It is generally accepted that communication through positive body language, could have a beneficial influence on the overall well being of a patient. It could be argued that direct patient communication is a key part of the patients experience and therefore should be addressed as a component part of the patient journey alongside clinical and other considerations. Some recent research from the NHS Learning Zone (1999) shows that patients consistently say that they need good information and clear communication. Health Care Workers may find it difficult to give good information and clear communication to patients in intensive care units (ICUs) as the patient may have an injury that would impede any conversation, or they may find it difficult to receive a communication. Hospital staff can be extremely busy and therefore give the impression that they do not have time to listen to the patients. Some patients in intensive care may feel too ill or too tired to ask appropriate questions. Turnock (1991) suggests that appropriate communication skills must be learned by the nurse in order to identify priorities between the patients’ physical/technical needs and the psychological needs, so that the person’s coping strategies can be enhanced.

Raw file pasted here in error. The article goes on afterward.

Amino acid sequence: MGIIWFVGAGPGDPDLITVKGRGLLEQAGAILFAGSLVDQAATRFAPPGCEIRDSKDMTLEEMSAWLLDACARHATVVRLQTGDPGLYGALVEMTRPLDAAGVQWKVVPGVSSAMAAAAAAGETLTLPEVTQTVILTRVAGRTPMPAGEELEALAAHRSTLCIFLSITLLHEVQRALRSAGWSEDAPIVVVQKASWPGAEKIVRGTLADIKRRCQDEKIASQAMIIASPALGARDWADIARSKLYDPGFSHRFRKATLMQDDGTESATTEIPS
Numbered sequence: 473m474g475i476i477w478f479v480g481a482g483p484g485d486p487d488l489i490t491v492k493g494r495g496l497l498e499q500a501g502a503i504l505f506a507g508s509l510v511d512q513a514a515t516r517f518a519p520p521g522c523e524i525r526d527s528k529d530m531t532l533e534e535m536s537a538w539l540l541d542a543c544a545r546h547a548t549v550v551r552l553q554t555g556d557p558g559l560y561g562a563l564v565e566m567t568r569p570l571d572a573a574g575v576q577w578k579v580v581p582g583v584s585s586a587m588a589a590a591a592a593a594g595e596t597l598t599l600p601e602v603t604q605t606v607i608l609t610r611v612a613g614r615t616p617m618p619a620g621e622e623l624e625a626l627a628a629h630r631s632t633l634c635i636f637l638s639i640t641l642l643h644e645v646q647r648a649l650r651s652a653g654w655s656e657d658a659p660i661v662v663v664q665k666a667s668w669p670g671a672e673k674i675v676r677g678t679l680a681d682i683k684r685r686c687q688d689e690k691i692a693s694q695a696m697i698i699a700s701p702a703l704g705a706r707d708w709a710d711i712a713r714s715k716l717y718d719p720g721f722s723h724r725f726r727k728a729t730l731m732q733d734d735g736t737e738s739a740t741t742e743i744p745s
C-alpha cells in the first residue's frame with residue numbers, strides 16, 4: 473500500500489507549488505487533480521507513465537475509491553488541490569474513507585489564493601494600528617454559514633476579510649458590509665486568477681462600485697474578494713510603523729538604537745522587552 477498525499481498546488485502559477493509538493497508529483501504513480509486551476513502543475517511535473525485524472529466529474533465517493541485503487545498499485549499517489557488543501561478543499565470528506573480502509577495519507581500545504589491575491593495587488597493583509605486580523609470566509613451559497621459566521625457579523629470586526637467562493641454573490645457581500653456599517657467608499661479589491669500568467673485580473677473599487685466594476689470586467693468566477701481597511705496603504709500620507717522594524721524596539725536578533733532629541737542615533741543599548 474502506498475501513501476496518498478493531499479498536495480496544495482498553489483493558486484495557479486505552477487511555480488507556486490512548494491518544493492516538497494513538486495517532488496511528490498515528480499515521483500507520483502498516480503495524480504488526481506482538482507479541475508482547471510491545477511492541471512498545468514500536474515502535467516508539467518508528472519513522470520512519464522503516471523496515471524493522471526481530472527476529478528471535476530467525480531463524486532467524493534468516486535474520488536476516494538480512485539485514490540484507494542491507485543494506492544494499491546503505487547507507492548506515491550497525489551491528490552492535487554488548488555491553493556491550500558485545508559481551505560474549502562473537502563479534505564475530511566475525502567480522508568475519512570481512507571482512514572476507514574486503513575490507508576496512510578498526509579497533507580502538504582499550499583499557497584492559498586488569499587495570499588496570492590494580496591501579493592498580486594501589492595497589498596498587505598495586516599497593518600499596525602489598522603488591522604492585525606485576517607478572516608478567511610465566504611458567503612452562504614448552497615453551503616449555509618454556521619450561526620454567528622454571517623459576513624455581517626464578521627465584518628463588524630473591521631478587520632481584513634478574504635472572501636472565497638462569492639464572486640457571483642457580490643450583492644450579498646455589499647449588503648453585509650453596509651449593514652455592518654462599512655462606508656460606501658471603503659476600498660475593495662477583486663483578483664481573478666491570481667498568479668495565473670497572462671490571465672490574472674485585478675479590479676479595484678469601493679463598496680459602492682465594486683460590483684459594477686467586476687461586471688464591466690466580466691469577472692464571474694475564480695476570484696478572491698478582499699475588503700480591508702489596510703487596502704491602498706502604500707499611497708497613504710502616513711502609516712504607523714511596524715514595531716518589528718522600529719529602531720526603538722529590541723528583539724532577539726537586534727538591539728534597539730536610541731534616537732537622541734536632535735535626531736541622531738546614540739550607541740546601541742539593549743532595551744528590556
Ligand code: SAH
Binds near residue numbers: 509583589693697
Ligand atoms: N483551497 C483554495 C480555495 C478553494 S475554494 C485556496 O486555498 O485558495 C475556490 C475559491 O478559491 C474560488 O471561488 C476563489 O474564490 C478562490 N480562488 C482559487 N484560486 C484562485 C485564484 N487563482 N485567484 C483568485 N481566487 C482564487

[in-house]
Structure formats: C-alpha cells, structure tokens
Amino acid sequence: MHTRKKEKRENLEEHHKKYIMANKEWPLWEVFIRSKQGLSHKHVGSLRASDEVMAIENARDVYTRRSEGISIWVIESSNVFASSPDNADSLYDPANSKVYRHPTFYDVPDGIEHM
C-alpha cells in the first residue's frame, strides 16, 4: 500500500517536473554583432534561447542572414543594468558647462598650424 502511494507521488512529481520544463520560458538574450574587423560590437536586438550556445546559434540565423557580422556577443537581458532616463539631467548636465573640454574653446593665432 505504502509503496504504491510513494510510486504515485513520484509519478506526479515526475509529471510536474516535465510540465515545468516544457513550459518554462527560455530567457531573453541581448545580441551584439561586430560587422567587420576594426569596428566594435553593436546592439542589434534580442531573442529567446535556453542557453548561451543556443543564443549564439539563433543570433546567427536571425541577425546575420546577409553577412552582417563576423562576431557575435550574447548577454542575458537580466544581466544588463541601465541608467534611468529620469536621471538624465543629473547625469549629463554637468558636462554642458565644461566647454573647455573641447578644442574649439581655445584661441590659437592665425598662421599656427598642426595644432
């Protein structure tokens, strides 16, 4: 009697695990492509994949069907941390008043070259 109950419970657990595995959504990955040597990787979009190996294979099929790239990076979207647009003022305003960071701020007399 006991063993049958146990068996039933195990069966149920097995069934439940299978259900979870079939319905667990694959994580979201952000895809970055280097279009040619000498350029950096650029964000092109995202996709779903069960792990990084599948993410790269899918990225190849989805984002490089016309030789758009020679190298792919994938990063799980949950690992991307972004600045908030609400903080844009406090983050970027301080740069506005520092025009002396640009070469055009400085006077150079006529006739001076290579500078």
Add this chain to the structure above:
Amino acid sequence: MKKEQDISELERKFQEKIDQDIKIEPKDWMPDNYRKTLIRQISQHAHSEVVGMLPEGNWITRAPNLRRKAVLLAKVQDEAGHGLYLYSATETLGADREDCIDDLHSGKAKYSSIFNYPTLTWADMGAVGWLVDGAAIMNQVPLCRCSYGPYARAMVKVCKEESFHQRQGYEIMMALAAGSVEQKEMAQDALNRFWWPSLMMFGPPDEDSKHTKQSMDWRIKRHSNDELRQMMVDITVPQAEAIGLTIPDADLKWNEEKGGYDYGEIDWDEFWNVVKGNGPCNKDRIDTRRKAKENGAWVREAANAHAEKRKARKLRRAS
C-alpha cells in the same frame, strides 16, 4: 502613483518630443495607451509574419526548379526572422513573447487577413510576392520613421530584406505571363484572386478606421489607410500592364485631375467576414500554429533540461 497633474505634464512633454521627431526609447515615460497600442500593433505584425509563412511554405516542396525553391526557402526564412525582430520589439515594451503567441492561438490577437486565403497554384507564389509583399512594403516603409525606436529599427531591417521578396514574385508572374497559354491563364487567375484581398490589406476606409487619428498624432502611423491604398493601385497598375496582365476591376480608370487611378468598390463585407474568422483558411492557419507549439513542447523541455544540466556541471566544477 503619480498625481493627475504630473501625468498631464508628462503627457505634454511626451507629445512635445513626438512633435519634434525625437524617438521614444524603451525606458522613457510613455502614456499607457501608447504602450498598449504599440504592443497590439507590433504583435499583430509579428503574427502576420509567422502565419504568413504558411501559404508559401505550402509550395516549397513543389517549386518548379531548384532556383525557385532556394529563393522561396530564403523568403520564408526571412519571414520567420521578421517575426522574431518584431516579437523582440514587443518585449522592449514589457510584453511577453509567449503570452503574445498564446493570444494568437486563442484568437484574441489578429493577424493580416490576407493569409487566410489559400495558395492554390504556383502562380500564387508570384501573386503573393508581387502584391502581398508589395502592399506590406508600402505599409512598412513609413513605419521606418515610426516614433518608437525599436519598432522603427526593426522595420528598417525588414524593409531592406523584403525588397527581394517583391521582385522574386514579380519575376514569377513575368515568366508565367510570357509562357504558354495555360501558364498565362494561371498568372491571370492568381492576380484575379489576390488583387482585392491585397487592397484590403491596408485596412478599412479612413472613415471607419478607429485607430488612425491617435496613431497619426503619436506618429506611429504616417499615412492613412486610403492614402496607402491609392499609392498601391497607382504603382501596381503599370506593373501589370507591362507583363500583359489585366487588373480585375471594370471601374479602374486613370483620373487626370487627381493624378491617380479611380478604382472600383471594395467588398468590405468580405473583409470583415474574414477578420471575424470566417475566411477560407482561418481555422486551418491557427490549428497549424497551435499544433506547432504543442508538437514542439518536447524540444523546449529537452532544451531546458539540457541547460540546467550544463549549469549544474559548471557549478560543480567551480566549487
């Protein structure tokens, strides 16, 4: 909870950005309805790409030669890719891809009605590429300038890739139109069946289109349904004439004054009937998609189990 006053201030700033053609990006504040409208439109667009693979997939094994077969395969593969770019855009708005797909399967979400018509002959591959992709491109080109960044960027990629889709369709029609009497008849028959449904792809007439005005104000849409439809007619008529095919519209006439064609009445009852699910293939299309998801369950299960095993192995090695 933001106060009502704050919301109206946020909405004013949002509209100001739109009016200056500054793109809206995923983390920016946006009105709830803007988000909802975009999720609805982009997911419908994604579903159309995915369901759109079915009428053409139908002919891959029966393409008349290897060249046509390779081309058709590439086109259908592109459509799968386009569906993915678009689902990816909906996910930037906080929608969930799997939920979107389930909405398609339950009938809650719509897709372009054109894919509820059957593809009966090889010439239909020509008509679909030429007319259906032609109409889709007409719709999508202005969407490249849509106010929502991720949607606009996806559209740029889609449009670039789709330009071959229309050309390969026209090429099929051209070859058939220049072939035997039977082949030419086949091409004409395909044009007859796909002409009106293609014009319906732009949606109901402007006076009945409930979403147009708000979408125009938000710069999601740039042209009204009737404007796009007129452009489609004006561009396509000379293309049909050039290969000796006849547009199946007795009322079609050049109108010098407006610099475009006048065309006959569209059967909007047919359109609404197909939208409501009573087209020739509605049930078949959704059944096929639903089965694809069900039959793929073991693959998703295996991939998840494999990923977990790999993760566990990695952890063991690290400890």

Dimbleby & Burton (1992) suggest that an individuals’ previous experience might affect how a person interoperates interactions that involve communication, either consciously or unconsciously, they go on to say that beliefs, attitudes and prejudice can influence conversations, and an individual could, without realising, reveal their emotional state through facial expressions; anger, disapproval, disgust, irritation, love and understanding are all impressions, which could be seen, just by facial gesture. Some other important factors, which play an important part in contributing to a conversation, are the use of hands, which are particularly important to body language, especially when a person is showing empathy.